May Day is a transnational event in the Paso del Norte borderlands of El Paso-Ciudad Juarez-southern New Mexico. At this year’s demonstrations, U.S. and Mexican activists joined together to denounce Trump administration immigration policies, current and looming wars, Peña Nieto administration economic and labor reforms, femicides, the forced disappearance of the 43 Ayotzinapa college students, attacks on workers, and Mexico’s pending internal security law.
The collective space created in the gathering of the National Indigenous Congress (CNI) is promoting the Indigenous Council of Government. Its councilors – one woman and one man per village – will be elected in May and their spokeswoman will run as an independent candidate in the 2018 presidential campaign.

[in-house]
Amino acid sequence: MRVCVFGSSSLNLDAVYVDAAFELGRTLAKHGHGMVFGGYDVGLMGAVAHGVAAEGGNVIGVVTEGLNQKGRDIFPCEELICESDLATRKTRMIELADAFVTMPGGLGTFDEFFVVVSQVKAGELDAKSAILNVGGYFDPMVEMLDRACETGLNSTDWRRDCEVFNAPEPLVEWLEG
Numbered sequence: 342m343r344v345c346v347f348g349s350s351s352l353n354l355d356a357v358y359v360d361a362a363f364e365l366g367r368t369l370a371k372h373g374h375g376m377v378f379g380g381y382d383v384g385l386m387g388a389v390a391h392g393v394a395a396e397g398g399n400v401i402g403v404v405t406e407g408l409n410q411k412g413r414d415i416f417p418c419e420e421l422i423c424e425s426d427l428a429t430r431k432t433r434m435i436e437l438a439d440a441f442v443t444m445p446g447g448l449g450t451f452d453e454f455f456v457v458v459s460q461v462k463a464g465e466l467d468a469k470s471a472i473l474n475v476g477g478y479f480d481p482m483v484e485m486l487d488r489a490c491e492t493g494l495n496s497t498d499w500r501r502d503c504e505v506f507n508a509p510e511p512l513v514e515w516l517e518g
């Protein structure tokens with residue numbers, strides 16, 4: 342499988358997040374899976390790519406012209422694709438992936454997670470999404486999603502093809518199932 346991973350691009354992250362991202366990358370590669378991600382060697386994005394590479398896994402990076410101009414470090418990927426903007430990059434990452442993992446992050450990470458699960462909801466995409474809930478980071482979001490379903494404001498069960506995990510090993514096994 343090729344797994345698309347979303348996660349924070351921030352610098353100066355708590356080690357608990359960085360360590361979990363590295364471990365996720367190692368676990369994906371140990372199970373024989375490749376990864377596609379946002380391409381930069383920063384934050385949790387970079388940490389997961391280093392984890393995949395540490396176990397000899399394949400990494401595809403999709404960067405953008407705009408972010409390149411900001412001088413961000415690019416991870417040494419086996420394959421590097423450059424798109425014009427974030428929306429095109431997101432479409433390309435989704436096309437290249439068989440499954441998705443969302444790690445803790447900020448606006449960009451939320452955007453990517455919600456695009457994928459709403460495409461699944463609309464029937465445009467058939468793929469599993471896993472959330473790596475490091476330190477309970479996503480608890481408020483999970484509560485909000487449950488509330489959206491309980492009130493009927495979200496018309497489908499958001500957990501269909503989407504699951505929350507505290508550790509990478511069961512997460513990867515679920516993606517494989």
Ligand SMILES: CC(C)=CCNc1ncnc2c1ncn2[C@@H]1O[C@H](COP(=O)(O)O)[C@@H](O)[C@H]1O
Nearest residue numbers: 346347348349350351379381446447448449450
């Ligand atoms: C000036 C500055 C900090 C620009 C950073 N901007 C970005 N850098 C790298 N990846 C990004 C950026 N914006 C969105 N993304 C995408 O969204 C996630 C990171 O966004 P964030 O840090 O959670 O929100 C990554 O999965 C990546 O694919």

Union members, migrants, government officials and grassroots organizers chanted and marched before stepping up to the mike in the shadow of the Federal Building in Sacramento to tell their stories and make promises. The Caravan against Fear is under way in California.
While the union representatives met in Mexico City, in Washington Trump signed two executive orders about commerce. One requires a report on deficits in trade relations that seeks to identify unfair practices and the other orders the application of anti-dumping sanctions. Actually, there is nothing new in either.
Feminism will never defeat the Trump patriarchal revival in the U.S. or the resurgence in the rest of the world unless it embraces its nature as profoundly anti-systemic. As the system becomes more deadly and alienating, women’s defense of life and their stands against impunity present a radical challenge.